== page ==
Q. I heard that consuming soy products increases estrogen in the body and can therefore increase the risk of breast cancer, is this true?
A. Eating soy products will not increase a woman's risk for breast cancer. In fact, studies of breast cancer survivors show that eating soy products may reduce the risk of cancer recurrence in some cases. Soy supplements, on the other hand, have not been studied sufficiently, so the use of these more concentrated soy metabolites would be discouraged in cancer survivors until more is known.
Q. When or at what age should I talk to my daughter about breast health?
A. During puberty is a good time to address breast health with young women. Discuss monthly breast exams and how breasts change through the month and during menstruation. They should be made aware that any mass in the breast should be evaluated if the mass persists. A transient mass during a period is no of concern.
Q. How often should I perform breast self exam and at what age should I start?
A. Breast exams should be performed once a month. The self exam should be done the week after a woman's period, since this is when the breast will be least swollen. Post-menopausal women should perform their self-exam the same time each month.
Exams should start as soon as the breasts are fully developed after adolescence. This will promote a good lifetime habit and lets women become acquainted with their own breasts. If any changes occur or lumps develop they can be addressed early.
Q. If a woman develops breast cancer while in her child bearing years, will the cancer affect her fertility?
A. Breast cancer in itself does not affect fertility. If a patient requires chemotherapy, however, this may stop ovulation in some but not all cases. If there is any chance that the cancer has metastasized then pregnancy is not advised. The hormones which a woman's body develops to support a pregnancy may also promote growth of the cancer and help the cancer spread.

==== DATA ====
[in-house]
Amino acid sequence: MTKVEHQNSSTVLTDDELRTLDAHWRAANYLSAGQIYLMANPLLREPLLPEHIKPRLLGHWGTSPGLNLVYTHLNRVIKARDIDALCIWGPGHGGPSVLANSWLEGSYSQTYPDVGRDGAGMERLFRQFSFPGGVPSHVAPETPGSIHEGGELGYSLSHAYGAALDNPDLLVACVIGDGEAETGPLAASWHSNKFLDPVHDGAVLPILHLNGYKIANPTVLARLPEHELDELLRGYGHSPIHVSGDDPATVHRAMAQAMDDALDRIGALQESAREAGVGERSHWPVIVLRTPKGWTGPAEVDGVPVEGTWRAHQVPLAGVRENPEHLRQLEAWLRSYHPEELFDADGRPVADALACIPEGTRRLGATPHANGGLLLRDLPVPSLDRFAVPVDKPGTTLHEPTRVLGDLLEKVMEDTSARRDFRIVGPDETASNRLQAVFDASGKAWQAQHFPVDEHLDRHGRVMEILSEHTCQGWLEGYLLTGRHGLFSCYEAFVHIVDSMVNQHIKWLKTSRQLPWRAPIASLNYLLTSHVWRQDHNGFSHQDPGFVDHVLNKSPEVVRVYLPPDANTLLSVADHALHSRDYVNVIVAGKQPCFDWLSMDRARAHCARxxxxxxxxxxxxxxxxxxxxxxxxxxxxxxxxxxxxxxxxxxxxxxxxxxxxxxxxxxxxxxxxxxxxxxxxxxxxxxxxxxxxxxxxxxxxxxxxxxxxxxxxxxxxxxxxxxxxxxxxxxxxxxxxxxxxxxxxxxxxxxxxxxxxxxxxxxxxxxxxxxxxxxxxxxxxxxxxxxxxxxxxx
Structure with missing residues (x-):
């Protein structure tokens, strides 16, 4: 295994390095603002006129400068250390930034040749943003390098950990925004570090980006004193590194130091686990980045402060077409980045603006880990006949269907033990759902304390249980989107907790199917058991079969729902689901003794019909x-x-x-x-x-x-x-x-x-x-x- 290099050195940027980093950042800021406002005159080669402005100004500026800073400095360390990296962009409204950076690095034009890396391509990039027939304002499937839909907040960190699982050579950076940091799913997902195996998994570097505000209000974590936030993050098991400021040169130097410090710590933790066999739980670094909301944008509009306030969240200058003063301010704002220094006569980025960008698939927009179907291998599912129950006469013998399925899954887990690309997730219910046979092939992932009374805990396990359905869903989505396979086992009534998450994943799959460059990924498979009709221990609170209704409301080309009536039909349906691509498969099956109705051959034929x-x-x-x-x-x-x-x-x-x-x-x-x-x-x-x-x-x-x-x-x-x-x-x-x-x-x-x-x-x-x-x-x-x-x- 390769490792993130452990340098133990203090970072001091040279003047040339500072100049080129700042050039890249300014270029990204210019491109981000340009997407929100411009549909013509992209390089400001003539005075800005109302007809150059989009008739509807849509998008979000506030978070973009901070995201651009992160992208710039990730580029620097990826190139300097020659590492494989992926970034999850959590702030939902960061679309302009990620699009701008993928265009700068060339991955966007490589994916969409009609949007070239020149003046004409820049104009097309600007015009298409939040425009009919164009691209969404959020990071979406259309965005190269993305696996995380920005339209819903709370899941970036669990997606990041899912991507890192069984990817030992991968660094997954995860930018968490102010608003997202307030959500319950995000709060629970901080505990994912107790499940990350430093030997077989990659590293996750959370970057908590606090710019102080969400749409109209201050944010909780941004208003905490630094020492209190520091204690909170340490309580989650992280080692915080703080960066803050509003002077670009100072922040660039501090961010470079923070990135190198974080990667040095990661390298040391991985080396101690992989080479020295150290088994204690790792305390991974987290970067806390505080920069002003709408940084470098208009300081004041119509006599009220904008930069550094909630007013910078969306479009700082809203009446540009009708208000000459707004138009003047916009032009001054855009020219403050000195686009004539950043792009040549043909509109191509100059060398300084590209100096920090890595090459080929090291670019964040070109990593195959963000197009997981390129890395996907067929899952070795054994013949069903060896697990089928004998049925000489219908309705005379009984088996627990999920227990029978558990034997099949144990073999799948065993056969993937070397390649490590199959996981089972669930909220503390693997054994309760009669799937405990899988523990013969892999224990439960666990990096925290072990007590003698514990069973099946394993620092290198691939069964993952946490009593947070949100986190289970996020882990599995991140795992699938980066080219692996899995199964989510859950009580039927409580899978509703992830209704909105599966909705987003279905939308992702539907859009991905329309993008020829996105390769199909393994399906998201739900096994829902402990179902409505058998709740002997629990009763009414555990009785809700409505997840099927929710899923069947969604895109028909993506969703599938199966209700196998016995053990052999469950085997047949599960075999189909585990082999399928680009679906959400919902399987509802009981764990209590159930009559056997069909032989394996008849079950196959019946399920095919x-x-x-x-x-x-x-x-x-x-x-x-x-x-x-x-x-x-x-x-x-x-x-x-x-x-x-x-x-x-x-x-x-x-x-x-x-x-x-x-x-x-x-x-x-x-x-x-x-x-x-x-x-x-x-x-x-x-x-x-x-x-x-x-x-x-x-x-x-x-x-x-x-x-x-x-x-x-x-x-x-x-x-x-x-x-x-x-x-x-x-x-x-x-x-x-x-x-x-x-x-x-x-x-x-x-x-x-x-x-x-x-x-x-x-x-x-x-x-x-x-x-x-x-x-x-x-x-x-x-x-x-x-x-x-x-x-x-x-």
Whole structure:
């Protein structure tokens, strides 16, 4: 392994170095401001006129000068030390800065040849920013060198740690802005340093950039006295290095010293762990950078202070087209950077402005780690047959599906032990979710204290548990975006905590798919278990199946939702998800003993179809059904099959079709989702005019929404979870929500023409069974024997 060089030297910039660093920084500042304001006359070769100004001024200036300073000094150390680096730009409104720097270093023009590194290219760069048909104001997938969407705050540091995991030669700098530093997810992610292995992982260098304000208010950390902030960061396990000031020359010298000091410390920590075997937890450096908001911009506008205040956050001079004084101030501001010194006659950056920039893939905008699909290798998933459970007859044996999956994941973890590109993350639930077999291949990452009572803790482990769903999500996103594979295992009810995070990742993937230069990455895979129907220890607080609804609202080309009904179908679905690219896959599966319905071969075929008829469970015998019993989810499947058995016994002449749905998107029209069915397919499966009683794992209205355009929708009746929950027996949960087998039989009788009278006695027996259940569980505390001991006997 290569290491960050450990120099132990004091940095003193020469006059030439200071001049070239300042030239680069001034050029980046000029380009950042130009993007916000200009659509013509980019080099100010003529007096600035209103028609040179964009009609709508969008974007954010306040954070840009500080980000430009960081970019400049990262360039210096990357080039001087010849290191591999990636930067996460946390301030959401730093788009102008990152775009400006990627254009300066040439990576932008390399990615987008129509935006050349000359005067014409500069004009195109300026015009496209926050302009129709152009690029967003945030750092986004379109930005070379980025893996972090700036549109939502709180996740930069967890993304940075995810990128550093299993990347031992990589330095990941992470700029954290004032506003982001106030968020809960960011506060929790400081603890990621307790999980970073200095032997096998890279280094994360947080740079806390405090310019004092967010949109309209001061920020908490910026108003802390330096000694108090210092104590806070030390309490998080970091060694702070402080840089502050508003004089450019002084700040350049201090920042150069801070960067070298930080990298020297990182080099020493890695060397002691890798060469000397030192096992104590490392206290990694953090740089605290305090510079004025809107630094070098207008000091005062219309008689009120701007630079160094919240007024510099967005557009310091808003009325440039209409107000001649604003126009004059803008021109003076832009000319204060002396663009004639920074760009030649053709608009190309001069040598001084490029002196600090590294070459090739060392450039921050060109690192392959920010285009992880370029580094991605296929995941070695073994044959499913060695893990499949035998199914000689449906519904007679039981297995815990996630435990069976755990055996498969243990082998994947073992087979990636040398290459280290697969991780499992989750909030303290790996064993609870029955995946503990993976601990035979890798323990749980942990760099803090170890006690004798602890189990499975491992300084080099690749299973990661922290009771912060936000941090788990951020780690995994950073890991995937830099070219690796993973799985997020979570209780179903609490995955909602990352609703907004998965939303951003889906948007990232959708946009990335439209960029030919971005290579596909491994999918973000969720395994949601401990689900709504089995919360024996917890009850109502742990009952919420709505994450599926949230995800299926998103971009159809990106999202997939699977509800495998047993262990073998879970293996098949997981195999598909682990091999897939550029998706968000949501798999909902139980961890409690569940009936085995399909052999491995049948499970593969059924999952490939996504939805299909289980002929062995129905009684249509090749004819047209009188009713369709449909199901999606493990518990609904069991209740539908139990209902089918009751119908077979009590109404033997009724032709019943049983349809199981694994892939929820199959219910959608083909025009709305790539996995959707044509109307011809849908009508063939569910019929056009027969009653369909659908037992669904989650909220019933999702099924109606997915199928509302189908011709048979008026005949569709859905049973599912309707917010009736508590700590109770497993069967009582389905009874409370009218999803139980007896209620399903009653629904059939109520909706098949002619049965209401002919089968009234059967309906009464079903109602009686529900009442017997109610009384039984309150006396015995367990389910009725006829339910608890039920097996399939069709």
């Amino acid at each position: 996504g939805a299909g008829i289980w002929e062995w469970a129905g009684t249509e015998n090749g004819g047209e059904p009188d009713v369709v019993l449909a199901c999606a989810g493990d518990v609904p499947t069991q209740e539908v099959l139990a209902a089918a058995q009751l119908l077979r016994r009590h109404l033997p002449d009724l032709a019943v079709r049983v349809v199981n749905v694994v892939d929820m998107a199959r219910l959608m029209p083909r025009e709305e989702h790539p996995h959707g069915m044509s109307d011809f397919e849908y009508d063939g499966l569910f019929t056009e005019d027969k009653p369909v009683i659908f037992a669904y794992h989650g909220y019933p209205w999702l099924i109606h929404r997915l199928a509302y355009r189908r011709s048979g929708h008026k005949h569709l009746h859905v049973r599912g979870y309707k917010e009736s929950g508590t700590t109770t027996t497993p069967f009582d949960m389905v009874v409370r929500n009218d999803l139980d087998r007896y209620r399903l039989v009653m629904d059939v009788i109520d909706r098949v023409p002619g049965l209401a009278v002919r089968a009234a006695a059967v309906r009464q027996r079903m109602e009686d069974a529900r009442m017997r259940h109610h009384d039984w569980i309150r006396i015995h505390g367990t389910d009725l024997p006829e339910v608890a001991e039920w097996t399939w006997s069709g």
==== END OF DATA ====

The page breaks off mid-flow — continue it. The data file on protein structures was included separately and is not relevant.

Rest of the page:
Q. I heard that some ingredients in deodorant/antiperspirant can cause breast cancer. Is this true?
A. There are no ingredients in deodorant or antiperspirants that cause breast cancer. People can become allergic to aluminum chlorohydrate which can cause painful inflammation of glands in the skin of the under arm. But there has been no scientific studies to show a link to breast cancer.
Q. How is ultrasound used in the detection of breast cancer?
A. Ultrasound is almost exclusively used as a diagnostic tool to perform a targeted study, meaning to evaluate a specific location in the breast based on an abnormality seen by mammogram or MRI. It can also be used to assess a site of pain or a palpable lump. It is an excellent tool for differentiating solid masses from fluid filled cysts, something that a mammogram can't do. It is also the preferred tool for image guided biopsy, as it is far easier to use ultrasound than either MRI or mammogram when sampling tissue.
Some clinicians advocate ultrasound as a screening tool, but this is not broadly accepted by the breast imaging community. The reason is that ultrasound evaluation can be very operator dependent, meaning two different examiners can perform a screening ultrasound on the same patient and get different results. Ultrasound screening can also lead to a higher number of false positive findings, which can result in additional unnecessary diagnostic studies.